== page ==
Steel has been cut on HMS Birmingham, marking the start of the build of the second batch of Type 26 warships.
Image courtesy DE&S
Building on ambitions laid out in the National Shipbuilding Strategy Refresh, this represents another significant milestone for the frigate programme being managed by Defence Equipment & Support (DE&S) and delivered by prime contractor BAE Systems in Glasgow, Scotland.
HMS Birmingham is the fourth of eight ships being built in Govan and outfitted in Scotstoun, supporting 1,700 jobs in Scotland with a further 2,300 jobs across the wider UK supply chain.
DE&S’ Keith Edgar, who served as a chef on the last HMS Birmingham from 1981 to 1983, was invited to the steel cut with HMS Birmingham Association chairman Kev Ridsdill.
The 59-year-old, who works in the site management office at DM Gosport, said: “It was an honour and a pleasure to be here to witness first steel being cut on HMS Birmingham.
“I have lots of great memories of my time serving on board her predecessor. I also witnessed her decommissioning in 1999 and never imagined being present at the birth of a new HMS Birmingham.
“Royal Navy ships are more than just lumps of metal. They are living, breathing things and even though this is a different ship, the name still lives on in our hearts and minds.”
First steel was cut in the fabrication hall at Govan by BAE Systems apprentice Ciaran Baillie and plater Jamie Finnegan after a speech by Minister for Defence Procurement Alex Chalke KC.
The frigates will replace the bulk of the retiring Type 23 fleet with their primary role being anti-submarine warfare, protecting the UK’s Continuous At-Sea Deterrent and Maritime Strike Group.
At just under 150 metres long, with a top speed of more than 26 knots and a range of more than 7,000 nautical miles, the vessels will also be capable of countering piracy and delivering humanitarian aid and disaster relief.
Mr Chalk said: “This is yet another significant milestone for the Type 26 programme, supporting thousands of jobs in Scotland and across the wider UK supply chain.
“Working closely with our industry partners, we are bringing in a cutting-edge class of warships for the Royal Navy, bolstering our maritime capabilities into the coming decades.”
DE&S Director General Ships, Vice Admiral Paul Marshall, said: “The steel cut for HMS Birmingham is a significant moment for everyone who has worked, and is working, on the Type 26 programme to deliver the best possible warships to serve the Royal Navy for decades to come. I look forward to seeing the second batch of frigates taking shape.”
Construction of all of the city-class frigates is expected to be completed by the mid-2030s, with HMS Glasgow, the first in class, entering service by the end of 2028. Designed for a service life of at least 25 years, the fleet will serve into the 2060s.
Commodore Stephen Roberts, who leads the Type 26 programme for the Royal Navy, said: “Seeing the next T26 start the construction journey is a tangible representation of the success of the programme thanks to the hard work put in by the DE&S and BAE Systems teams. These advanced anti-submarine warfare ships will provide the Royal Navy with a world-class cutting-edge capability to protect our Nation’s interests well into the future.”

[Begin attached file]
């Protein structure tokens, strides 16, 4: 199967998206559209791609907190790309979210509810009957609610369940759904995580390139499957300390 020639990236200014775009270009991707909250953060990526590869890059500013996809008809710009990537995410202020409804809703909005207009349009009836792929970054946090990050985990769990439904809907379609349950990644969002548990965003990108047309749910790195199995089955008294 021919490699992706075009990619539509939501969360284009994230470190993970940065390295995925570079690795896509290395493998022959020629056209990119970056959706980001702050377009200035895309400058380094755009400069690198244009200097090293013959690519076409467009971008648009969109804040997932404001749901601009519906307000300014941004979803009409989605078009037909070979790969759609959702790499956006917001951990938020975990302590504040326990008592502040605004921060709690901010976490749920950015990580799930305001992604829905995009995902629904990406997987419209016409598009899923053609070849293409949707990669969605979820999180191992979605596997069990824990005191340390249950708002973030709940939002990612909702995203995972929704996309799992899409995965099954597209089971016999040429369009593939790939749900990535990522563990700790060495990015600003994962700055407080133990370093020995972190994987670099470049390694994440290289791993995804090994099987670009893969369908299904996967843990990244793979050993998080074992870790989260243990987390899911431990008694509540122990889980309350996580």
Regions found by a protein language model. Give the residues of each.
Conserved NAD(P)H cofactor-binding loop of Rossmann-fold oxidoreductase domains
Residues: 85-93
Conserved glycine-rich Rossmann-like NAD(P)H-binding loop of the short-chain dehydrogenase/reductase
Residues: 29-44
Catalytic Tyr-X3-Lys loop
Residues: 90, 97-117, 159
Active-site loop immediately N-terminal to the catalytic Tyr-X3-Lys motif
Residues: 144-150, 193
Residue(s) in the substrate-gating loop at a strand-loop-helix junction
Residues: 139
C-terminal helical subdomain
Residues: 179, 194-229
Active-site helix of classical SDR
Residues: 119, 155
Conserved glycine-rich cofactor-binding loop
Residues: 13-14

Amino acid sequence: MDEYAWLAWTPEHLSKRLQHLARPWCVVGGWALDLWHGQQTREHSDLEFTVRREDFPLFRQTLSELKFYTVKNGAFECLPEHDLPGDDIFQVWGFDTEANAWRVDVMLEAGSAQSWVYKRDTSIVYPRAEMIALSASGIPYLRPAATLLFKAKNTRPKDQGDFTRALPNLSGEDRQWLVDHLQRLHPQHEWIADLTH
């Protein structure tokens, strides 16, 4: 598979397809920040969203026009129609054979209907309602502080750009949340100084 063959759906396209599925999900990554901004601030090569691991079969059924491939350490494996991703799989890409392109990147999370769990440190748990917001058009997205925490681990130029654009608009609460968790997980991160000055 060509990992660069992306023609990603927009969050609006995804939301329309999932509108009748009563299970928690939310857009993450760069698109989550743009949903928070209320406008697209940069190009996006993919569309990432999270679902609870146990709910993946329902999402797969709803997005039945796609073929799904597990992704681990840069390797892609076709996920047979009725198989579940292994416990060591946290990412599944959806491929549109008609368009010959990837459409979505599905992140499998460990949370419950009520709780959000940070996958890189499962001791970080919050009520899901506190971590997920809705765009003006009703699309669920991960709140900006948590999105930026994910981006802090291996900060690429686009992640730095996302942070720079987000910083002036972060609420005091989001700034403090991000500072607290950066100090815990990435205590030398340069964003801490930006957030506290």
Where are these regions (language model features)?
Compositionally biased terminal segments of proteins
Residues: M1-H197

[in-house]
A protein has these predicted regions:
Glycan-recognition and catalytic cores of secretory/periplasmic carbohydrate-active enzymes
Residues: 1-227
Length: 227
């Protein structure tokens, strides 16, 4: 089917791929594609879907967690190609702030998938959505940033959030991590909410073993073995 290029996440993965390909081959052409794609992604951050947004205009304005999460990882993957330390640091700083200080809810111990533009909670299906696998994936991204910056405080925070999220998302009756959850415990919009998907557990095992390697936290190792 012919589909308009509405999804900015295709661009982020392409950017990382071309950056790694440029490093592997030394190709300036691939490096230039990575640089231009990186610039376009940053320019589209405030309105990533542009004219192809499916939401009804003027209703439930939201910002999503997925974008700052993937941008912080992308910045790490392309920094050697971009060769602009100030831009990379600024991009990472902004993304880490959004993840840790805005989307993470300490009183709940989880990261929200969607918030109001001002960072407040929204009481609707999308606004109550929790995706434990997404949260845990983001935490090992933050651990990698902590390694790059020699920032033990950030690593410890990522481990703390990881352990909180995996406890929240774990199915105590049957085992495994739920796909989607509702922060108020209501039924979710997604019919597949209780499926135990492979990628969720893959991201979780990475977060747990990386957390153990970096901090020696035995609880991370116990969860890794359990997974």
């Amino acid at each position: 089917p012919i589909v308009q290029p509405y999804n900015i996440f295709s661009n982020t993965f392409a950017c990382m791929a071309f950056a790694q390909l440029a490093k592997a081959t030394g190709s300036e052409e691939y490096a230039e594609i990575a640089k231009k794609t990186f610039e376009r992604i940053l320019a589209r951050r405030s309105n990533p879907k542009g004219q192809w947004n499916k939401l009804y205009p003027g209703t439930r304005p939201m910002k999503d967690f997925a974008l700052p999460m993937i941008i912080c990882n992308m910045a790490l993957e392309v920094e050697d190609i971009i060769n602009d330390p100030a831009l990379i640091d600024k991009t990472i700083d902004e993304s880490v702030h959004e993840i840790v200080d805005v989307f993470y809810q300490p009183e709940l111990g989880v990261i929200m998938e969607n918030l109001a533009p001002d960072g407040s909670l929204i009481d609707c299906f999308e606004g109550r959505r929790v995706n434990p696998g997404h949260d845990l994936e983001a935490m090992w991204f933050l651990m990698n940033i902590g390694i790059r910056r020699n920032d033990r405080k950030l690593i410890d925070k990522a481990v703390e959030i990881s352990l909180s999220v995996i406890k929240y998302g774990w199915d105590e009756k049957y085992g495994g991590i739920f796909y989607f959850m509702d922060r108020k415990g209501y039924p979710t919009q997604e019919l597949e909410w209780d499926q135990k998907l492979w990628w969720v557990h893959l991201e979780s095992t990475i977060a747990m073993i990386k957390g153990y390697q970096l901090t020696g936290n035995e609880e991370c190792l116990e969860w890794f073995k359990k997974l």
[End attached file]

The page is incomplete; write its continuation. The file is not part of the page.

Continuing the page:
Simon Lister, Managing Director of BAE Systems' Naval Ships business, said: "This is another proud moment for our talented teams across the UK who have played a part in the design and construction of these important vessels. HMS Birmingham will benefit from a range of investments that will transform our digital and physical infrastructure and consolidate a centre of excellence for shipbuilding skills here in the UK. Alongside my teams I’d like to thank our customers and suppliers for their expertise and commitment as we take this programme forward and deliver the next generation City Class frigates for the Royal Navy."
The Type 26 is one of the world’s most advanced warships. It is designed for anti-submarine warfare and high-intensity air defence, but can adapt its role quickly to transport high volumes of humanitarian aid and house medical facilities.
The programme is a UK-wide endeavour, with more than 120 British suppliers securing contracts supporting the frigates, including for steering gears in Dunfermline, gas turbines in Filton and maritime LED lighting in Cumbria.
BAE Systems is investing approximately £15m in a new Applied Shipbuilding Academy in Glasgow to support the development of the entire workforce, from apprentices through to senior leaders. In addition, construction has begun on a modern shipbuilding hall worth more than £100m, which will greatly enhance productivity on the Clyde to support the delivery of these eight ships and future orders.
The Commonwealths of Australia and Canada have selected the Type 26 design, which, together with the UK, provide an anticipated 32-ship programme across the three nations. Sharing build and transition into service lessons across all three programmes will benefit all parties in this multinational effort.